4

I would like to understand how variable scoping works in Jupyter notebooks.

When I create a bash notebook with two cells, environment variables that are exported are visible across cell boundaries:

In [1]:

export PATH=$PATH:~/samplepath

In [2]:

echo $PATH

/usr/local/sbin:/usr/local/bin:/usr/sbin:/usr/bin:/sbin:/bin:/home/myuser/samplepath

But if I create a Python notebook and use cell magics to achieve the same result, variables do not seem to be visible across cell boundaries any more:

In [1]:

%%script bash
export PATH=$PATH:~/samplepath

In [2]:

%%script bash
echo $PATH

/usr/local/sbin:/usr/local/bin:/usr/sbin:/usr/bin:/sbin:/bin

This behaviour stays the same for different magics (i.e., using an exclamation mark in front of echo instead of the script magic gives the same result).

So, I'd like to understand what the scoping rules are in this case, and how I can make export truly export variables so that they are visible in the entire notebook.

5

In Jupyter notebook (as in your second example), the shell commands in the notebook are executed in a temporary subshell i.e. every command you write using ! (or under %%bash) runs in a different subprocess.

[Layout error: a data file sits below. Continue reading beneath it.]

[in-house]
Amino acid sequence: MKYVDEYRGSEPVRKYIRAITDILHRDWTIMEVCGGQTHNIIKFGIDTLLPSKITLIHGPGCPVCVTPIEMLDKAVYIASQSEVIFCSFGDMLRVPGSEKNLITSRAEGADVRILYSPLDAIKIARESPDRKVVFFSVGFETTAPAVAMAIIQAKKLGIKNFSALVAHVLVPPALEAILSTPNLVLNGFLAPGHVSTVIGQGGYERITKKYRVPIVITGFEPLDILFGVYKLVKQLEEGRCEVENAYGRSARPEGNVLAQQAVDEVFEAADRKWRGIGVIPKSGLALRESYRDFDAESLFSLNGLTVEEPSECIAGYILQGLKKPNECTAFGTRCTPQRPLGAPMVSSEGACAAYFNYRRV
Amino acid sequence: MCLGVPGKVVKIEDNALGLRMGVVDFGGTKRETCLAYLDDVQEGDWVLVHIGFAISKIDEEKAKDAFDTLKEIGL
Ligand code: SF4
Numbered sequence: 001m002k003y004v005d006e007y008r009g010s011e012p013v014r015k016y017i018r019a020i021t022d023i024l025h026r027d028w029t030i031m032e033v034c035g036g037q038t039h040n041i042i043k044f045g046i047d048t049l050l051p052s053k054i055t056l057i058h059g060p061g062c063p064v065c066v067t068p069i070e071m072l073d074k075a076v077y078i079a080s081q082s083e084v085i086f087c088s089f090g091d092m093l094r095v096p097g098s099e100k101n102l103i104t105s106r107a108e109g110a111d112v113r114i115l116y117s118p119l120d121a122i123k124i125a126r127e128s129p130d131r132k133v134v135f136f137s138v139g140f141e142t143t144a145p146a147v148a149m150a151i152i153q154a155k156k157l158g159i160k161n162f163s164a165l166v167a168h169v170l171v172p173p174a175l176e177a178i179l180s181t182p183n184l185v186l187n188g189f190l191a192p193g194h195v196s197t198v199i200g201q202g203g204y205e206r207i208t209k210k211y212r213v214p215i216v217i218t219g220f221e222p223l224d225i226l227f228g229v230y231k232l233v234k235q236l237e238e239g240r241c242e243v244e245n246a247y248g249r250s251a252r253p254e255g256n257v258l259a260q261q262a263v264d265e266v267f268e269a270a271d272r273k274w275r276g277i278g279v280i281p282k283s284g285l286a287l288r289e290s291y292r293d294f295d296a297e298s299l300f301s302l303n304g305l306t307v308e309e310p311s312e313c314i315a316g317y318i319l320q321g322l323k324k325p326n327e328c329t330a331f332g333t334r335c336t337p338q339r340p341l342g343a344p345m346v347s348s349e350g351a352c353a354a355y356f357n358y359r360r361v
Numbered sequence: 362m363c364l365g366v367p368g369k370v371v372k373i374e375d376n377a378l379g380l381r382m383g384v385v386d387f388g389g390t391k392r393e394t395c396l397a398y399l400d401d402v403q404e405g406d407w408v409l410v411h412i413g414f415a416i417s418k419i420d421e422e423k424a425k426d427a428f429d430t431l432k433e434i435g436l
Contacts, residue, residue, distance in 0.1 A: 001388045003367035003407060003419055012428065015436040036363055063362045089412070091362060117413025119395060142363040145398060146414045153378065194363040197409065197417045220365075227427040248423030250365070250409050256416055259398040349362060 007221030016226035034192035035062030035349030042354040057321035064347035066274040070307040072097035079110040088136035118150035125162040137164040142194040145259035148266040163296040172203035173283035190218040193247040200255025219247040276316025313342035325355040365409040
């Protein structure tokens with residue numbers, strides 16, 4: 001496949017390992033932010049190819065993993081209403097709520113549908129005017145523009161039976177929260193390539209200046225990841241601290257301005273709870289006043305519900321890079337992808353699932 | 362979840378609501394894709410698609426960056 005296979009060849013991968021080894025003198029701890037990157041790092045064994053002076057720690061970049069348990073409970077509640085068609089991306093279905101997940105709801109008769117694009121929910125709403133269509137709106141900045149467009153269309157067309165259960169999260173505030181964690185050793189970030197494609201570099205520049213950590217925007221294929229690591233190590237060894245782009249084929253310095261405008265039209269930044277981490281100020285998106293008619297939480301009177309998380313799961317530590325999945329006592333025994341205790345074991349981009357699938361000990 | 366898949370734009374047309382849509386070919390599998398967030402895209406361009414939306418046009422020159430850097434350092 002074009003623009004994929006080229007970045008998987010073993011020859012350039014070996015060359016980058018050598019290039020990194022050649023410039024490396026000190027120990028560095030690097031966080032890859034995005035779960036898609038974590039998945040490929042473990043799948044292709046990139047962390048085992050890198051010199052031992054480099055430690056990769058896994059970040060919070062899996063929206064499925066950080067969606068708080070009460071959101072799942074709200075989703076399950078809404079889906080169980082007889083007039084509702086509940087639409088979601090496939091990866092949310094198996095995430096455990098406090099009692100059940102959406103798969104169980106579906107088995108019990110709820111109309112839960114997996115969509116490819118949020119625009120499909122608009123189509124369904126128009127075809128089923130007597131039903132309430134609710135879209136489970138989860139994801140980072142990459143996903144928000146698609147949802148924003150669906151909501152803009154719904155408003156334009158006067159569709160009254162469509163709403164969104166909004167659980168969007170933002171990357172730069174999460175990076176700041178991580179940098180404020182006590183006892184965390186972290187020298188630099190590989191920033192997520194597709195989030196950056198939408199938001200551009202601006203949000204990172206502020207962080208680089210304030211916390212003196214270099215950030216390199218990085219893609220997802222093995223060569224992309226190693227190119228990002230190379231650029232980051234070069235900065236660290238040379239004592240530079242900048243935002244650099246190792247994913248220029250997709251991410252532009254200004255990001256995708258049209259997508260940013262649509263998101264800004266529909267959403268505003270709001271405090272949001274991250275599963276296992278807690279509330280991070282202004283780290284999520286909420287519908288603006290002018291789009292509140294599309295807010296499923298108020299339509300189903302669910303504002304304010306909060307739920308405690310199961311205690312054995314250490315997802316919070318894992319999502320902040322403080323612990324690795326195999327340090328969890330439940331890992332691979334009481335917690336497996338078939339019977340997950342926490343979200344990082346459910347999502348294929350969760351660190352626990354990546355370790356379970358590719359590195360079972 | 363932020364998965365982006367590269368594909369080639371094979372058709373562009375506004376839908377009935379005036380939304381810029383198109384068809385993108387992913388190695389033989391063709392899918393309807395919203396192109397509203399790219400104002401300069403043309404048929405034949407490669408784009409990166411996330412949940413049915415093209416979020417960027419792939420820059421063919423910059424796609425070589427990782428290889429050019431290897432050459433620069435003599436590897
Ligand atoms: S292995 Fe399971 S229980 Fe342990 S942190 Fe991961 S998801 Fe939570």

A good description from this blog post is:

The Jupyter Notebook shell commands are executed in a shell that is a subprocess of the shell running the notebook. Because of this, changes in environmental variables in the child (cell) shell will not be reflected in the parent (notebook) shell.

In[1]:

%%bash 
export var="5"
echo $var
5

In[2]:

%%bash
echo $var

No output

This is the very reason why the commands like !cd /path/ can't be used to navigate the file system. Check another blog post on this.

While the case is different with bash notebook, where everything is executed in a single shell.

Solution:

If you want to export a variable to environment shell variables, then you can use %env magic function as follows:

In[3]:

%env var "5"

In[4]:

%env var

In[5]:

%%bash
echo $var

Output of In[4] and In[5]:

'"5"'

Note: But beware, dont't do %env PATH=$PATH:~/samplepath as it'll simply replace the PATH variable thus causing problems. The above solution is recommended for non-system variables only. Nevertheless, you can edit .bashrc to universally change the PATH variable.

1
  • how do I use them together with %%bash? Nov 12 '20 at 15:42

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